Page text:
Smells used to calm fears while you sleep
Our sense of smell is attributed to a number of cognitive functions, like when the smell of a fresh apple pie triggers memories of home. What else can our sense of smell do? It may help diminish fear. A new study published in Nature Neuroscience suggests when people are exposed to specific smells while in a deep sleep, it mutes the feelings associated with certain fears.
Researchers at Northwestern University Feinberg School of Medicine tested this method on 15 people who were shown pictures of two different faces while receiving a mild electric shock — to instill anxiety and/or fear — and certain scents, such as lemon, mint and wood. These same smells were then released while the participants slept deeply in a sleep lab. After they woke, the two pictures were shown to them again, without smells or shocks. Participants were less fearful of the face linked to a smell released during their sleep than the other face.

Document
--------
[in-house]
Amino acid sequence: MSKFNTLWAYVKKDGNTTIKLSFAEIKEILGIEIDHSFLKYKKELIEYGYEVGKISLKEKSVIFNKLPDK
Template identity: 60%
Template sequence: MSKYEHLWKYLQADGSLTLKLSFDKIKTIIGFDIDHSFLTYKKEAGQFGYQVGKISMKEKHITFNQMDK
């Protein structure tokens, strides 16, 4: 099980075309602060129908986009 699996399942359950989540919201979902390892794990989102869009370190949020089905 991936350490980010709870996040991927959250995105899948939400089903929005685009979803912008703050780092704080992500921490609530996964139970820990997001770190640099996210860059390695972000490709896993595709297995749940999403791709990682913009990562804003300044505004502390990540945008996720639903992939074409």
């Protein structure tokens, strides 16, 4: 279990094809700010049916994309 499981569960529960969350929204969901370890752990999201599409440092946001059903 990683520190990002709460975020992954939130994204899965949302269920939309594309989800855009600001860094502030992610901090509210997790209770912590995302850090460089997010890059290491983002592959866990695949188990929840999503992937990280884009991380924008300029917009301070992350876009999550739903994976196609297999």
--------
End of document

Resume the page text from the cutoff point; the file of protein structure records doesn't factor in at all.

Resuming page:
The amount of sweat from the skin and a fMRI were used to measure the level of fear. The fMRI revealed changes in the hippocampus, the area linked to memory, and the amygdala, the area linked to emotion. The experiment worked the best for people who slept longer.
These results show a promising new path for treating phobias. Researchers even suggest it may help to treat Post-Traumatic Stress Disorder, though more research is needed before expanding on this idea.